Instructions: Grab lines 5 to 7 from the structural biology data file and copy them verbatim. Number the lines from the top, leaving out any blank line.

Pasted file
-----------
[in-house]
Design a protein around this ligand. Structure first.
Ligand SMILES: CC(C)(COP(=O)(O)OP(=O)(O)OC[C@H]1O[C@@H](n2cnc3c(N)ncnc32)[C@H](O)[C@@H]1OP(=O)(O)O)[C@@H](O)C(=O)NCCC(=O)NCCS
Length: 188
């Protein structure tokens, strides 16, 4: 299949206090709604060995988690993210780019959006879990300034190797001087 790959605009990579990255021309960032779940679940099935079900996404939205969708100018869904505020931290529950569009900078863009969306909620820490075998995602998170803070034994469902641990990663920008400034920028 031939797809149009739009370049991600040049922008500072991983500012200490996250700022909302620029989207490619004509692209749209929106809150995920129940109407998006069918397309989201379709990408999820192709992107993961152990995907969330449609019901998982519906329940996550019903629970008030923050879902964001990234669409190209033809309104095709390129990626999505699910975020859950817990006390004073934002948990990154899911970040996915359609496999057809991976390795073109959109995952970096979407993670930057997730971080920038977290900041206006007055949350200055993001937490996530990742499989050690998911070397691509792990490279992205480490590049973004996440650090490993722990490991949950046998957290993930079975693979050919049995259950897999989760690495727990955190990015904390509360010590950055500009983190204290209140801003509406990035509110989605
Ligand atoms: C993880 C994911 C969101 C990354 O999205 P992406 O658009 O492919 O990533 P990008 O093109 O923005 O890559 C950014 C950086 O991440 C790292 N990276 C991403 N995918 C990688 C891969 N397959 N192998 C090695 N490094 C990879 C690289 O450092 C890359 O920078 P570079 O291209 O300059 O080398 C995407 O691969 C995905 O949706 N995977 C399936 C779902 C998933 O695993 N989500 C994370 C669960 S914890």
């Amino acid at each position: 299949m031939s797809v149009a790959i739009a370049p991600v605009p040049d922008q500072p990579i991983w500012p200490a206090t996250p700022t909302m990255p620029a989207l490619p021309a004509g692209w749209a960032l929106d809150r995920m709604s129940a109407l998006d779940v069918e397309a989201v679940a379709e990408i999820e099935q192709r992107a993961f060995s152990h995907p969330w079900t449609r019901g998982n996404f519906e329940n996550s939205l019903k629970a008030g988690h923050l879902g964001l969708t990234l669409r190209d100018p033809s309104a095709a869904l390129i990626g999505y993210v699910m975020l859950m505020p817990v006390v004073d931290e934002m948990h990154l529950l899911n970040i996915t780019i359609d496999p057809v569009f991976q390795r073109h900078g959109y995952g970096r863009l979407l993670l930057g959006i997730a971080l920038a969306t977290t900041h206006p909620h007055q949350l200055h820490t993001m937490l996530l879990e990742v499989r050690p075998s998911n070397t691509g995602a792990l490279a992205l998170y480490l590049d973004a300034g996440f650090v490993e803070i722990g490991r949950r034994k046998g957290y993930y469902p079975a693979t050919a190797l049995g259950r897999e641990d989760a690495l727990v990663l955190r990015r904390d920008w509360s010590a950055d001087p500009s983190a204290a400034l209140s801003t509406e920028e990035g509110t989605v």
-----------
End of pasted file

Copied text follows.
């Protein structure tokens, strides 16, 4: 299949206090709604060995988690993210780019959006879990300034190797001087 790959605009990579990255021309960032779940679940099935079900996404939205969708100018869904505020931290529950569009900078863009969306909620820490075998995602998170803070034994469902641990990663920008400034920028 031939797809149009739009370049991600040049922008500072991983500012200490996250700022909302620029989207490619004509692209749209929106809150995920129940109407998006069918397309989201379709990408999820192709992107993961152990995907969330449609019901998982519906329940996550019903629970008030923050879902964001990234669409190209033809309104095709390129990626999505699910975020859950817990006390004073934002948990990154899911970040996915359609496999057809991976390795073109959109995952970096979407993670930057997730971080920038977290900041206006007055949350200055993001937490996530990742499989050690998911070397691509792990490279992205480490590049973004996440650090490993722990490991949950046998957290993930079975693979050919049995259950897999989760690495727990955190990015904390509360010590950055500009983190204290209140801003509406990035509110989605
Ligand atoms: C993880 C994911 C969101 C990354 O999205 P992406 O658009 O492919 O990533 P990008 O093109 O923005 O890559 C950014 C950086 O991440 C790292 N990276 C991403 N995918 C990688 C891969 N397959 N192998 C090695 N490094 C990879 C690289 O450092 C890359 O920078 P570079 O291209 O300059 O080398 C995407 O691969 C995905 O949706 N995977 C399936 C779902 C998933 O695993 N989500 C994370 C669960 S914890």
């Amino acid at each position: 299949m031939s797809v149009a790959i739009a370049p991600v605009p040049d922008q500072p990579i991983w500012p200490a206090t996250p700022t909302m990255p620029a989207l490619p021309a004509g692209w749209a960032l929106d809150r995920m709604s129940a109407l998006d779940v069918e397309a989201v679940a379709e990408i999820e099935q192709r992107a993961f060995s152990h995907p969330w079900t449609r019901g998982n996404f519906e329940n996550s939205l019903k629970a008030g988690h923050l879902g964001l969708t990234l669409r190209d100018p033809s309104a095709a869904l390129i990626g999505y993210v699910m975020l859950m505020p817990v006390v004073d931290e934002m948990h990154l529950l899911n970040i996915t780019i359609d496999p057809v569009f991976q390795r073109h900078g959109y995952g970096r863009l979407l993670l930057g959006i997730a971080l920038a969306t977290t900041h206006p909620h007055q949350l200055h820490t993001m937490l996530l879990e990742v499989r050690p075998s998911n070397t691509g995602a792990l490279a992205l998170y480490l590049d973004a300034g996440f650090v490993e803070i722990g490991r949950r034994k046998g957290y993930y469902p079975a693979t050919a190797l049995g259950r897999e641990d989760a690495l727990v990663l955190r990015r904390d920008w509360s010590a950055d001087p500009s983190a204290a400034l209140s801003t509406e920028e990035g509110t989605v």